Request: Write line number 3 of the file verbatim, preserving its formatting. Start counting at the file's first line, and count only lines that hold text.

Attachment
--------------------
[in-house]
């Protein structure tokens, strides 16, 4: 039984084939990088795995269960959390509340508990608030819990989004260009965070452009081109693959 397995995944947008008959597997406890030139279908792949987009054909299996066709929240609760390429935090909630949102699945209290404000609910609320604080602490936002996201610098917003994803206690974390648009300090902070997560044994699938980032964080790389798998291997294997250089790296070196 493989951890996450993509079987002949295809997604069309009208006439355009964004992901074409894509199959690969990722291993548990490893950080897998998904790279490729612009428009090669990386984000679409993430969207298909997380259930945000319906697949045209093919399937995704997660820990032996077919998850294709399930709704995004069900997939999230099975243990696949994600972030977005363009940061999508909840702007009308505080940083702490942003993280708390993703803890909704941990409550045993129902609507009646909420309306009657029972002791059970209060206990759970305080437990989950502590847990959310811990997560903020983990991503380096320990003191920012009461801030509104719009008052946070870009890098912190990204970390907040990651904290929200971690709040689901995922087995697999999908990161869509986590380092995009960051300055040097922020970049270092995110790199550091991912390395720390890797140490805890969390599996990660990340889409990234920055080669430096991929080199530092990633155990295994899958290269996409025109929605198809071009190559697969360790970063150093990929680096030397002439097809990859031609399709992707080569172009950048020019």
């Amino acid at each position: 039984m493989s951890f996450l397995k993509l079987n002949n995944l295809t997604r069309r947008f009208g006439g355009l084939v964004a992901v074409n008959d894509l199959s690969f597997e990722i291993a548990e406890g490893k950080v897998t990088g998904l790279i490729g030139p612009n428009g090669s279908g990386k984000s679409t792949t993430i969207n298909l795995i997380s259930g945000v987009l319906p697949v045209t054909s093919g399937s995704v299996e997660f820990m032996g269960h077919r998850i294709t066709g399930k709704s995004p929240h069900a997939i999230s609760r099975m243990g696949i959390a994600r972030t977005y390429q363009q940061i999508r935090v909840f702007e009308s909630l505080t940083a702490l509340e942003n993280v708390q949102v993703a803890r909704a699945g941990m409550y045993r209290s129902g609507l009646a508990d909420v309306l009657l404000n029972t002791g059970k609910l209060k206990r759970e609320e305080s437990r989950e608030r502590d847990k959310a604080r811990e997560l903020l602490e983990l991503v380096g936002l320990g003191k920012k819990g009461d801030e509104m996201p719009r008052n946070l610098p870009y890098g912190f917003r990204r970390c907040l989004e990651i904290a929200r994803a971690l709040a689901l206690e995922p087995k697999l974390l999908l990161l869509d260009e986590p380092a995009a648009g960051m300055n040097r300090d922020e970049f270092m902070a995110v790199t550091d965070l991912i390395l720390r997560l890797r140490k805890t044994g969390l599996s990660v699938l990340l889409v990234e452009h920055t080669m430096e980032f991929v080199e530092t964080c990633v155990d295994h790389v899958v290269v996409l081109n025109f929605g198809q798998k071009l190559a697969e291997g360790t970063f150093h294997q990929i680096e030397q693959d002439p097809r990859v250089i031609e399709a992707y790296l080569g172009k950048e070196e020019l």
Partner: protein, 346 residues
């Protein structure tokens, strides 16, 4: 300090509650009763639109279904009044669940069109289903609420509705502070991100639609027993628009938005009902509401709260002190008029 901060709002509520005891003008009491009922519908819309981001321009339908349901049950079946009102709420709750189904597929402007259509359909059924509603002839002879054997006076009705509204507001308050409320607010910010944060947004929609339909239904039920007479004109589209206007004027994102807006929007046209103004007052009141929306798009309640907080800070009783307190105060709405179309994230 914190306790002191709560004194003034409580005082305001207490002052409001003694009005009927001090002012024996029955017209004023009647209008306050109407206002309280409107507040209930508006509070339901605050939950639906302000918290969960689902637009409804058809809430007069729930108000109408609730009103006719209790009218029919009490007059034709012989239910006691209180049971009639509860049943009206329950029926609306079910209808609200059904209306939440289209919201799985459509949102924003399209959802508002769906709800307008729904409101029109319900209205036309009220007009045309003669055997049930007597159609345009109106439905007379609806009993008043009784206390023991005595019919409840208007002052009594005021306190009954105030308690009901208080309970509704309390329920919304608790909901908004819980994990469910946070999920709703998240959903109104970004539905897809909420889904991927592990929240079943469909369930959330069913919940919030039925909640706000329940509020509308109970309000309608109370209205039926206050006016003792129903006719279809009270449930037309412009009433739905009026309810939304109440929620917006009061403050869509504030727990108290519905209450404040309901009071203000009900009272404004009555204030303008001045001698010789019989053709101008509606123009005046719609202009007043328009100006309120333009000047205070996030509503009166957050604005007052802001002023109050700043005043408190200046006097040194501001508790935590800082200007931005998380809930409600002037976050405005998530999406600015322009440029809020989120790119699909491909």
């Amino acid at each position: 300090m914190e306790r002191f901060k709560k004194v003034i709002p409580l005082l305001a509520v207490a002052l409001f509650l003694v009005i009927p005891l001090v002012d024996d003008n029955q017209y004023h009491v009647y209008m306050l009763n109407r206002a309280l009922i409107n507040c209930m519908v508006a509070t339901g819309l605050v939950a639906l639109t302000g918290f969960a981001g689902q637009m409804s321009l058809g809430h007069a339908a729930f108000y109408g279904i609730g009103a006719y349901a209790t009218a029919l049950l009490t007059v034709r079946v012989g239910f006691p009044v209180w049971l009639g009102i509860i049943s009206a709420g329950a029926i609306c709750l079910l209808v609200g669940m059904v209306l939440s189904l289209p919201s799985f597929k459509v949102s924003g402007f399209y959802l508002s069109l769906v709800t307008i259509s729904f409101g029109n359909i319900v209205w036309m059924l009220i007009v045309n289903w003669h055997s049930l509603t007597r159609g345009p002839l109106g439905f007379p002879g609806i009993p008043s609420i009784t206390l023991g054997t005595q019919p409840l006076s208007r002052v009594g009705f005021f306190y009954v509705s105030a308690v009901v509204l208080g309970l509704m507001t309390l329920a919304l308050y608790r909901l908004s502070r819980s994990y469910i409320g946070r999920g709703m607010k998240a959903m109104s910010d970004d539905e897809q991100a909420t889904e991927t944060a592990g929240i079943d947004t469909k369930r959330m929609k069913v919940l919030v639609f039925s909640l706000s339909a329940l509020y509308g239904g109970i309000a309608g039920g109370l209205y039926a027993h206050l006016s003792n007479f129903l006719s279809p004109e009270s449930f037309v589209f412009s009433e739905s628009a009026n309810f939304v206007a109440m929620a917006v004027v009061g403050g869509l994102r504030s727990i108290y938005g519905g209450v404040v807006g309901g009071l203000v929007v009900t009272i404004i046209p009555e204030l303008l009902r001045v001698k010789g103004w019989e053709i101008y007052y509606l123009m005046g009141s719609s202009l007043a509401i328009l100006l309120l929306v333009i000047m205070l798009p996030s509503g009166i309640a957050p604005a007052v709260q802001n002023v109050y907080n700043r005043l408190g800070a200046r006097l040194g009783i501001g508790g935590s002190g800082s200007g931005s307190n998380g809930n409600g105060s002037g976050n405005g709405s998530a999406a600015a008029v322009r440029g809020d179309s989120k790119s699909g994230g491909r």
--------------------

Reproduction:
């Amino acid at each position: 039984m493989s951890f996450l397995k993509l079987n002949n995944l295809t997604r069309r947008f009208g006439g355009l084939v964004a992901v074409n008959d894509l199959s690969f597997e990722i291993a548990e406890g490893k950080v897998t990088g998904l790279i490729g030139p612009n428009g090669s279908g990386k984000s679409t792949t993430i969207n298909l795995i997380s259930g945000v987009l319906p697949v045209t054909s093919g399937s995704v299996e997660f820990m032996g269960h077919r998850i294709t066709g399930k709704s995004p929240h069900a997939i999230s609760r099975m243990g696949i959390a994600r972030t977005y390429q363009q940061i999508r935090v909840f702007e009308s909630l505080t940083a702490l509340e942003n993280v708390q949102v993703a803890r909704a699945g941990m409550y045993r209290s129902g609507l009646a508990d909420v309306l009657l404000n029972t002791g059970k609910l209060k206990r759970e609320e305080s437990r989950e608030r502590d847990k959310a604080r811990e997560l903020l602490e983990l991503v380096g936002l320990g003191k920012k819990g009461d801030e509104m996201p719009r008052n946070l610098p870009y890098g912190f917003r990204r970390c907040l989004e990651i904290a929200r994803a971690l709040a689901l206690e995922p087995k697999l974390l999908l990161l869509d260009e986590p380092a995009a648009g960051m300055n040097r300090d922020e970049f270092m902070a995110v790199t550091d965070l991912i390395l720390r997560l890797r140490k805890t044994g969390l599996s990660v699938l990340l889409v990234e452009h920055t080669m430096e980032f991929v080199e530092t964080c990633v155990d295994h790389v899958v290269v996409l081109n025109f929605g198809q798998k071009l190559a697969e291997g360790t970063f150093h294997q990929i680096e030397q693959d002439p097809r990859v250089i031609e399709a992707y790296l080569g172009k950048e070196e020019l």